The Civil War: A Narrative: Volume One: Fort Sumter to Perryville by Shelby Foote:
Davis in Richmond knew nothing of this. Ever since Johnston’s departure he had been urging a delay in the retrograde movement. In fact, when Virginia officials came to him with a plan for mass recruitment to turn back the invaders, Davis took heart and urged the general to hold his ground while the army was brought up to strength for an offensive, which he now referred to as “first policy.” March 10, believing that Johnston and his army still held the Manassas intrenchments, he wired: “Further assurance given to me this day that you shall be promptly and adequately reënforced, so as to enable you to maintain your position and resume first policy when the roads will permit.”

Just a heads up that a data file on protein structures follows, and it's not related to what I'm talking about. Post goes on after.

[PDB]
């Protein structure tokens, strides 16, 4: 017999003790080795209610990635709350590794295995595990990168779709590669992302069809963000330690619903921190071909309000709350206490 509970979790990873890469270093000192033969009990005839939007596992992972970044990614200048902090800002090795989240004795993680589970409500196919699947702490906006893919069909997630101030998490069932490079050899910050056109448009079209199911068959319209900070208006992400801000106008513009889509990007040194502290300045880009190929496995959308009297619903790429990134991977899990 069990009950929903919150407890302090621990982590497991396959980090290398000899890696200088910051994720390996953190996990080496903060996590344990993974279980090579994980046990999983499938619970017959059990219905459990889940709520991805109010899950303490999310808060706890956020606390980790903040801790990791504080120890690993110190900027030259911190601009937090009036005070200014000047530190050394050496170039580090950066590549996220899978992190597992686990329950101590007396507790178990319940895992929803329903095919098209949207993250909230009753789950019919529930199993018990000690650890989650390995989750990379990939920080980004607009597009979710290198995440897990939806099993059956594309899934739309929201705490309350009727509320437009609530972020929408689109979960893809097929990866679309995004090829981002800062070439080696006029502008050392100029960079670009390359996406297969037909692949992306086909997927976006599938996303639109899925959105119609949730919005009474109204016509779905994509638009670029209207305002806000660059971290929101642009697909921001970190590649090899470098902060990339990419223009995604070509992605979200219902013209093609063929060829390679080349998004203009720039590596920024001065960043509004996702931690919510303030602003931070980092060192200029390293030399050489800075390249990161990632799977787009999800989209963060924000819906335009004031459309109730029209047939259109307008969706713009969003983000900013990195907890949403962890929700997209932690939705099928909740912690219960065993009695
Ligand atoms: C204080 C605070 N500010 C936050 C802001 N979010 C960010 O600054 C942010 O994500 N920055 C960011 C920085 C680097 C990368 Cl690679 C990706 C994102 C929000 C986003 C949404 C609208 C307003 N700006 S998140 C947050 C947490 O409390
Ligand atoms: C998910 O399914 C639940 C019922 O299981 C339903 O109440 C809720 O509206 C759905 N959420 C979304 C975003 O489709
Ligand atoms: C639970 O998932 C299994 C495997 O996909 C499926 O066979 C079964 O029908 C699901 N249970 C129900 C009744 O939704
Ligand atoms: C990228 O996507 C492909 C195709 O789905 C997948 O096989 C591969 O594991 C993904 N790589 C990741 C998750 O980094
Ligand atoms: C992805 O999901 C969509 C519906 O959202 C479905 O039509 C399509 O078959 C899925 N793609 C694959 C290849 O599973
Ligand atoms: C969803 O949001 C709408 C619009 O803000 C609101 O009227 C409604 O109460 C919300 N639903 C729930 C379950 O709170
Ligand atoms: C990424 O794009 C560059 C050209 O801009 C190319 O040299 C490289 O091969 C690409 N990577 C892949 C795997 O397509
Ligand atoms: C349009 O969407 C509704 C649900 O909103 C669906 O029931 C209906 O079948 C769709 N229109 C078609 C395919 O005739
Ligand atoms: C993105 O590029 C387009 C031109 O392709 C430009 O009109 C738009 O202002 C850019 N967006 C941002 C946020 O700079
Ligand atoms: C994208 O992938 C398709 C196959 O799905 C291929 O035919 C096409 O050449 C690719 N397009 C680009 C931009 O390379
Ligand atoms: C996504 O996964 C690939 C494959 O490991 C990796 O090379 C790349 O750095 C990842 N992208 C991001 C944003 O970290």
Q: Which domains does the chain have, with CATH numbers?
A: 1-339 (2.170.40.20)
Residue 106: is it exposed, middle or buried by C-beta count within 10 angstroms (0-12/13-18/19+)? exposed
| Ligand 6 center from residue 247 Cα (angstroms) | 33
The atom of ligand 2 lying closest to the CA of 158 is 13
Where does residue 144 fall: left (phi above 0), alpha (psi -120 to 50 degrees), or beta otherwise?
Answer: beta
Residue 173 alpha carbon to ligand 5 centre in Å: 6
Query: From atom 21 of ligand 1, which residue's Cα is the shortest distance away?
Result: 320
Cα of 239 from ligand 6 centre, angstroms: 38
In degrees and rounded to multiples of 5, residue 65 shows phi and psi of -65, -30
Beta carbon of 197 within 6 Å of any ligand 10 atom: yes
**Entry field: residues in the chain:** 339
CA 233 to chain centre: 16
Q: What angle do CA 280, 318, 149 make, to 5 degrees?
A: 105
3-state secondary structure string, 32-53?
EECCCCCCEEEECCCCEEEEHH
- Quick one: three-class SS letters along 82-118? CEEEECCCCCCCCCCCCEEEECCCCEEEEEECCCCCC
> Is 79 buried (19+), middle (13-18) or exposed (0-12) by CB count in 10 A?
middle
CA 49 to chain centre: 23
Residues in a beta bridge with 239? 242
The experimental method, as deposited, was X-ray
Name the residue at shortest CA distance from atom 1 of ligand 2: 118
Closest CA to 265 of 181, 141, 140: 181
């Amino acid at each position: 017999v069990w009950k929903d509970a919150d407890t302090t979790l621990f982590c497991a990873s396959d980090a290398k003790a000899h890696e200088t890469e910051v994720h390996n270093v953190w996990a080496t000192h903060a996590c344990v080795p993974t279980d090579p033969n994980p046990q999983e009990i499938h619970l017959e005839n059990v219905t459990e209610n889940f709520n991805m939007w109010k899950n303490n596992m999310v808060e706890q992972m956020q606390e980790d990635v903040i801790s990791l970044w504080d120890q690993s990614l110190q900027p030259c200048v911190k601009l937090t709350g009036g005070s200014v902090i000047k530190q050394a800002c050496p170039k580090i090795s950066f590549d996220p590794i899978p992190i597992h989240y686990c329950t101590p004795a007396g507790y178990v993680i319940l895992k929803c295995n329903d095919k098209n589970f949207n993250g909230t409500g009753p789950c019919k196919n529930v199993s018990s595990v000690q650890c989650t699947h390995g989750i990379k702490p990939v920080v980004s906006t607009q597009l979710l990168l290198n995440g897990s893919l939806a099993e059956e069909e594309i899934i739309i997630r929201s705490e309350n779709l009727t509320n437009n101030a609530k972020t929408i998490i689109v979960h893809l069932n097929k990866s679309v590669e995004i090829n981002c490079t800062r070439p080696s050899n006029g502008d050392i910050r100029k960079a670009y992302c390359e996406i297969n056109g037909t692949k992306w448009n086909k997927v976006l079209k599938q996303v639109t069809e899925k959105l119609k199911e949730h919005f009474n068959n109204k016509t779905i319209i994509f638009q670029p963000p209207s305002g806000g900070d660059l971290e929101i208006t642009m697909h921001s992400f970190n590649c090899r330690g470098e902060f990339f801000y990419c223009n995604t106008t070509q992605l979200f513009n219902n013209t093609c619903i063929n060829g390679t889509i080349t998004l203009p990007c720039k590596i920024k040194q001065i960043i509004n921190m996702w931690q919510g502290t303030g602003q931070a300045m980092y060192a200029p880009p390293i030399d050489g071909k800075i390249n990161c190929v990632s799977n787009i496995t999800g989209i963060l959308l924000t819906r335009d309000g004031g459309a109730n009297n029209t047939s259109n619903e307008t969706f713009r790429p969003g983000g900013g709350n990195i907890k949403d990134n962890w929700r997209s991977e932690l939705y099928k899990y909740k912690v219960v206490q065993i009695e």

Johnston was not there to receive it, nor were any of his men. The cavalry rear guard had pulled out that morning, following the southward trail of the army on its way to the Rappahannock, accompanied by its general—who was already contemplating another retreat, from there back to the Rapidan. The one in progress had not gone well. One division, in an advance position, had not been informed of the movement at all, but was left to find its way out as best it could. The heavy guns were left in their emplacements, some of them not even thrown from their carriages. Supplies and equipment, including the trunks the volunteers had brought, went up in smoke. The packing plant at Thoroughfare Gap was put to the torch, along with one million pounds of meat remaining after farmers in the neighborhood had been given all they could haul away. For twenty miles around, all down the greening slopes of Bull Run Mountain, there was a smell of burning bacon, an aroma which the natives would remember through the hungry months ahead.